There are currently eight Democratic candidates for U.S. Senate in Colorado…or nine if you count both versions of Andrew Romanoff.
The current iteration of Romanoff more closely resembles the 2010 Senate challenger version (“2010 Andrew”) than the 2014 congressional candidate in CO-6 (“2014 Andrew”) but just like the rest of us, Romanoff doesn’t get to be selective about his personal and professional history.
If you’ve been following the Democratic Primary for U.S. Senate — particularly since former Gov. John Hickenlooper joined the race in August — you know that Romanoff has been positioning himself as the “anti-establishment” candidate who is proud to not have the backing of the Democratic Senatorial Campaign Committee (DSCC), which has endorsed Hickenlooper. This is a predictable tactic, to some extent, because all candidates try hard to reimagine any weakness as a strength. But Romanoff took this stance a little too far during a candidate forum hosted by the Denver Democrats over the weekend. As Justin Wingerter of The Denver Post reported via Twitter:
If you really, truly believe that Romanoff would have turned down the support of the DSCC had it been offered, then you can stop reading right here; we’ll let you get back to importing gold bars from Nigeria and plotting out how to spend your winnings from the Canadian lottery. Quite simply, Romanoff’s anti-establishment rhetoric doesn’t withstand the test of history.
One of the major storylines in Colorado politics in late 2008/early 2009 involved speculation about who then-Gov. Bill Ritter might appoint to fill the remainder of Ken Salazar’s U.S. Senate term (Salazar gave up his Senate seat after President-elect Barack Obama tapped him to serve as Secretary of the Interior). Ritter infamously selected Michael Bennet as Salazar’s replacement, a decision that shocked pretty much everyone, including us (“What the Hell?!?” was our headline on January 2, 2009).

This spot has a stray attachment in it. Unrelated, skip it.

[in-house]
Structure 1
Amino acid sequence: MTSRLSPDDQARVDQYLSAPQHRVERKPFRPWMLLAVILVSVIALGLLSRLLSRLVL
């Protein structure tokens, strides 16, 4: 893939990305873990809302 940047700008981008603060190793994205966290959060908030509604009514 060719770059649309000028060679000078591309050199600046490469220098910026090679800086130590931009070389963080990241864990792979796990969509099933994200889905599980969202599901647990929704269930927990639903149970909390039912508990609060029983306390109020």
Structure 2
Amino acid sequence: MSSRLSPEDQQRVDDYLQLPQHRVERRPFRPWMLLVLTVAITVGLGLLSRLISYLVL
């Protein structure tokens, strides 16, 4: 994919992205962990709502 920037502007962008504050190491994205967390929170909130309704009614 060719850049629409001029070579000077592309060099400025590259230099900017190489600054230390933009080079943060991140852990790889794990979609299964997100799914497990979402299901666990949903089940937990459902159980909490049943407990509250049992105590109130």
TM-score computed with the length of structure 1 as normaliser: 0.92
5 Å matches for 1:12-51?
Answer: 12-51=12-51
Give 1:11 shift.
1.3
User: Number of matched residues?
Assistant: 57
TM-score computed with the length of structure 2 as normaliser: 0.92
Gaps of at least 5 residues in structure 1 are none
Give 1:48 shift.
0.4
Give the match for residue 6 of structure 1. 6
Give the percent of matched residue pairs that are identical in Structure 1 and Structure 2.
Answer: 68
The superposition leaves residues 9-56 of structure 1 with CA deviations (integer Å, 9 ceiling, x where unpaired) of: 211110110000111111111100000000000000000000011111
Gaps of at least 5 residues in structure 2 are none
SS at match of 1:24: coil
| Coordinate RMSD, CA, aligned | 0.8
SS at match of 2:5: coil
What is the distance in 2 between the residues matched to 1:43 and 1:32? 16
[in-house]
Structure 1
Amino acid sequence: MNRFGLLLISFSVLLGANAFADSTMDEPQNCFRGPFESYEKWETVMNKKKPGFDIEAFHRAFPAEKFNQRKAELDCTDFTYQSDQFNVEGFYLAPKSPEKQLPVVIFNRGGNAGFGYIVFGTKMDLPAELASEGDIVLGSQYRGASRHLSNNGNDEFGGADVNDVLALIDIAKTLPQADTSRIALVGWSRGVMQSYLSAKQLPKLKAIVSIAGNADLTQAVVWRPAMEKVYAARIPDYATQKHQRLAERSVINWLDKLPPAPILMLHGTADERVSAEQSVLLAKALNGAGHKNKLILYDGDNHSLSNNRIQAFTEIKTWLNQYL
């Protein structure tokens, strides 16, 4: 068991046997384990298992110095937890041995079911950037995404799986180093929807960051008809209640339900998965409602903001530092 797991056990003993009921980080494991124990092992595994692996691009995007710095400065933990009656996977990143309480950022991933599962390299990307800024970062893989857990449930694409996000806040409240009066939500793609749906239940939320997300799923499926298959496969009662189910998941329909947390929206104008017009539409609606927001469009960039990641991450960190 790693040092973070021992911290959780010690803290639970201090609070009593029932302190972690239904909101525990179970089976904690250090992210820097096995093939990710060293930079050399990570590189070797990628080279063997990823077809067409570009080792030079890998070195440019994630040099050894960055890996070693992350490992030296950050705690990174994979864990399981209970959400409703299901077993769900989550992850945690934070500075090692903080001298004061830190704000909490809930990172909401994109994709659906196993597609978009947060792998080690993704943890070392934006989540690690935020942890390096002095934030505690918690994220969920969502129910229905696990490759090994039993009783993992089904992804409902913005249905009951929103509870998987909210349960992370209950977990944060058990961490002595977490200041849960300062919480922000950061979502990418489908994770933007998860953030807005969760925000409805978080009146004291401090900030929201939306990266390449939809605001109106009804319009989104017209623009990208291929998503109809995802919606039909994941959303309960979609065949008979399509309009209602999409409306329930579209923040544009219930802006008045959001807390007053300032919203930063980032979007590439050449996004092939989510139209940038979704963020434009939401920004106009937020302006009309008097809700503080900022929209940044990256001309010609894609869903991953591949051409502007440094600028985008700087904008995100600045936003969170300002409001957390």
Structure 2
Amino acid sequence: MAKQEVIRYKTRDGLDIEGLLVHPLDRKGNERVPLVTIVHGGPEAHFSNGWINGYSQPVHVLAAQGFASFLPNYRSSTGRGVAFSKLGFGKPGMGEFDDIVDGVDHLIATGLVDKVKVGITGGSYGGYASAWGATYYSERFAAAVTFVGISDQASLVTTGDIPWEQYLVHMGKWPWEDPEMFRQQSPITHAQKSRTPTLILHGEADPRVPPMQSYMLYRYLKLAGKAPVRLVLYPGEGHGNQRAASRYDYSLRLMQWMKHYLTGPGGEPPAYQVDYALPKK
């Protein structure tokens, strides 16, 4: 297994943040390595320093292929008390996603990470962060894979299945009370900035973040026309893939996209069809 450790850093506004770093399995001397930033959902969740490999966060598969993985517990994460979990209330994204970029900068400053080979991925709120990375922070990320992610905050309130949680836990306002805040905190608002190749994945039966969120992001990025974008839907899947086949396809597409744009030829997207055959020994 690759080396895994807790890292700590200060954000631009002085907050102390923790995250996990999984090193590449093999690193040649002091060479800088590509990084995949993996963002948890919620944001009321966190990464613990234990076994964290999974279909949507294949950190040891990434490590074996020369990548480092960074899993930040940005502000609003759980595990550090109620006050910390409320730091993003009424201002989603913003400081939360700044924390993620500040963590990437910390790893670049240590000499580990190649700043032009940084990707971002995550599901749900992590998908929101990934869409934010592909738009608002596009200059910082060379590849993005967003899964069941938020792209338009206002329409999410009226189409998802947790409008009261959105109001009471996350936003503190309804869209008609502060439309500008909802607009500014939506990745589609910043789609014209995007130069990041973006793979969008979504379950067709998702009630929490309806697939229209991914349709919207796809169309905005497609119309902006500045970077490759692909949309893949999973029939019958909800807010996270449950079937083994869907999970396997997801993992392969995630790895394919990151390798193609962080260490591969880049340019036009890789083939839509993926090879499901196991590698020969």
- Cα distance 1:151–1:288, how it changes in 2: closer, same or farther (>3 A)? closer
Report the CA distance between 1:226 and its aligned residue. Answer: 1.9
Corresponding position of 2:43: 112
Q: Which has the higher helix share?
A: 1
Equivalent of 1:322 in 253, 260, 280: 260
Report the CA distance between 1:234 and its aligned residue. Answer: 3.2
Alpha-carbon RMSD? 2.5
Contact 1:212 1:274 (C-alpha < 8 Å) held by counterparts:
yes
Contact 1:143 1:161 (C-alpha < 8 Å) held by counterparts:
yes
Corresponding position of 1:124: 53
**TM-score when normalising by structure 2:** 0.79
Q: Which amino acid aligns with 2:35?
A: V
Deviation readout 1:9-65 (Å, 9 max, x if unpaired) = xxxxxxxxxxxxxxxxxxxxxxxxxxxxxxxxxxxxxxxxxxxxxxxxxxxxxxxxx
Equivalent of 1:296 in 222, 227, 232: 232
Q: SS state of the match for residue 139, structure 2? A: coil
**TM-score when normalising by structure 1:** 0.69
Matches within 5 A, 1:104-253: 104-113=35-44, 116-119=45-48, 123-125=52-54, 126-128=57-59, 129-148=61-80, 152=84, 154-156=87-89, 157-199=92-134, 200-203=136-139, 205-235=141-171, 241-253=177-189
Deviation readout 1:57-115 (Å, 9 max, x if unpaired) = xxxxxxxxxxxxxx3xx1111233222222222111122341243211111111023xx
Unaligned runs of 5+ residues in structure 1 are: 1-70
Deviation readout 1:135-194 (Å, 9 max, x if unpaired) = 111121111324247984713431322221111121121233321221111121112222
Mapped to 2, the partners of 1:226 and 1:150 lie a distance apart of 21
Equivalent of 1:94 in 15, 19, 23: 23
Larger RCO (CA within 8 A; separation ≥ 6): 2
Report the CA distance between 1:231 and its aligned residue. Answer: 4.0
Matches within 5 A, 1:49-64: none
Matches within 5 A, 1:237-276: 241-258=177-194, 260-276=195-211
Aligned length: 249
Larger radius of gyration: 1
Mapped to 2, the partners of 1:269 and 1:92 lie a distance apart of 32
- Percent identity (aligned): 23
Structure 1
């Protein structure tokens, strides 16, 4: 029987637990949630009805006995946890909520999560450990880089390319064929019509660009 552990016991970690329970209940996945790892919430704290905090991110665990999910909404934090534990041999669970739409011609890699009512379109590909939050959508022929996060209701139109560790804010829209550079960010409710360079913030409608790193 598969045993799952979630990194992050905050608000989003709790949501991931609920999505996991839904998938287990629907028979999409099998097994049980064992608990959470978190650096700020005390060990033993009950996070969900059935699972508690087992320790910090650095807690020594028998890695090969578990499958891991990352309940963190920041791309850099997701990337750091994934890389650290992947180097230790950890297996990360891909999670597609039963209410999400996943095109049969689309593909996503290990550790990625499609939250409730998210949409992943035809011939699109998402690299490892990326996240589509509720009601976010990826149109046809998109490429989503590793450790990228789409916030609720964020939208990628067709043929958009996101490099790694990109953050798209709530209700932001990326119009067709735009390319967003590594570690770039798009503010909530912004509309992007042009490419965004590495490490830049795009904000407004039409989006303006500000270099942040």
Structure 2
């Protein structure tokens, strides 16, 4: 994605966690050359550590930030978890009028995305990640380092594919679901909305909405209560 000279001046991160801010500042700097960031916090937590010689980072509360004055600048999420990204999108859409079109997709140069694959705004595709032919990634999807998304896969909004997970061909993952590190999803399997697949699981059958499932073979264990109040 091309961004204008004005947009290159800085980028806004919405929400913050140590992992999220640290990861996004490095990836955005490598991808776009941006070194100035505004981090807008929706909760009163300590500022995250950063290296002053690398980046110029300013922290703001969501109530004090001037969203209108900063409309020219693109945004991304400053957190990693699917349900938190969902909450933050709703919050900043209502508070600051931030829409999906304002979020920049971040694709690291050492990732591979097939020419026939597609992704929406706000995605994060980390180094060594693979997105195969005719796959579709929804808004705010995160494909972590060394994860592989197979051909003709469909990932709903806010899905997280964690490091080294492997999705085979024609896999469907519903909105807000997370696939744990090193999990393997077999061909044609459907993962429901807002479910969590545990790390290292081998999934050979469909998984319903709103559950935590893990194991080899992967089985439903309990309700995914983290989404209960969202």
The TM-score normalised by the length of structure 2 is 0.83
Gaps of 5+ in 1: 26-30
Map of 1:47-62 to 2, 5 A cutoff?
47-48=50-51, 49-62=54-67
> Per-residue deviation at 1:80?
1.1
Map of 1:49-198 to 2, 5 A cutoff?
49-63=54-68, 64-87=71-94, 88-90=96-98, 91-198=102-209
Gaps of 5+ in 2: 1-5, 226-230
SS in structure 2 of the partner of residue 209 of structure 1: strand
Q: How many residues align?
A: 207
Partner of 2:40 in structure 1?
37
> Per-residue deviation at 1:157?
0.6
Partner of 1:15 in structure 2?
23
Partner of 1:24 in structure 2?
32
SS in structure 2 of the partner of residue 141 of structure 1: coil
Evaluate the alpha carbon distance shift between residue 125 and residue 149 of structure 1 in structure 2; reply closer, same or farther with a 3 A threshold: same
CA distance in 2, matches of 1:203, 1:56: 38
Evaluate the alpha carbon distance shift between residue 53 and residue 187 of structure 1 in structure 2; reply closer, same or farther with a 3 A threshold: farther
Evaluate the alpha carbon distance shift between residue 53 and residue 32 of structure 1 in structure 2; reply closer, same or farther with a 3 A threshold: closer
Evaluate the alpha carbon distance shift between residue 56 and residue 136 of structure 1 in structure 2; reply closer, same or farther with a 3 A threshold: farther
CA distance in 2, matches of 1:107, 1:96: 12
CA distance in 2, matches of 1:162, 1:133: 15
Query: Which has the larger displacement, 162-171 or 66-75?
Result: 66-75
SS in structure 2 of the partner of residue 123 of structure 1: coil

Here’s what we wrote at the time:
Ritter could have gone with a popular Mayor who enjoys tremendous name ID throughout the Front Range (Denver Mayor John Hickenlooper). He could have chosen an incumbent congressman with a big warchest who could seamlessly move into the office (Rep. Ed Perlmutter). He could have chosen a popular former Speaker of the House whose selection wouldn’t have caused a domino effect of jockeying to fill his seat (Andrew Romanoff). Ritter could have chosen a lot of people who had strong name ID and weren’t just known as “Denver people,” but he didn’t.
Romanoff had a strong argument for Salazar’s seat, and he was right to be upset about being passed over for Bennet — who was then serving as the superintendent of Denver Public Schools. Romanoff should have launched a Senate campaign of his own soon thereafter, but he inexplicably waited until August to get a campaign off the ground, giving Bennet plenty of time to consolidate Democratic support and financial contributions; Bennet would eventually defeat Romanoff by more than 8 points in the 2010 Primary.
Romanoff’s 2020 Senate campaign contains a lot of the same themes as his Primary bid 10 years earlier, which would be fine if 2014 never happened. In late 2013, the Democratic Congressional Campaign Committee (DCCC), which is the Democratic House equivalent of the DSCC, publicly backed Romanoff’s bid for Congress in CO-6 against Republican Rep. Mike Coffman. The heavy hand of the DCCC helped clear the Democratic field for Romanoff and went on to spend nearly $2 million to boost Romanoff’s candidacy; the DCCC planned to spend at least $1.4 million more for Romanoff until weak polling numbers in early October convinced them to redistribute those funds to other races around the country.
Romanoff is positioning himself as the “anti-establishment” candidate in 2020, but he was the epitome of an establishment choice for Congress in 2014. It’s not at all believable for Romanoff to say that he would not have accepted the DSCC’s backing in 2020 had it been offered.
Support Romanoff for U.S. Senate if you think he is the better candidate — just don’t stand behind him because you think he’s the “anti-establishment” option.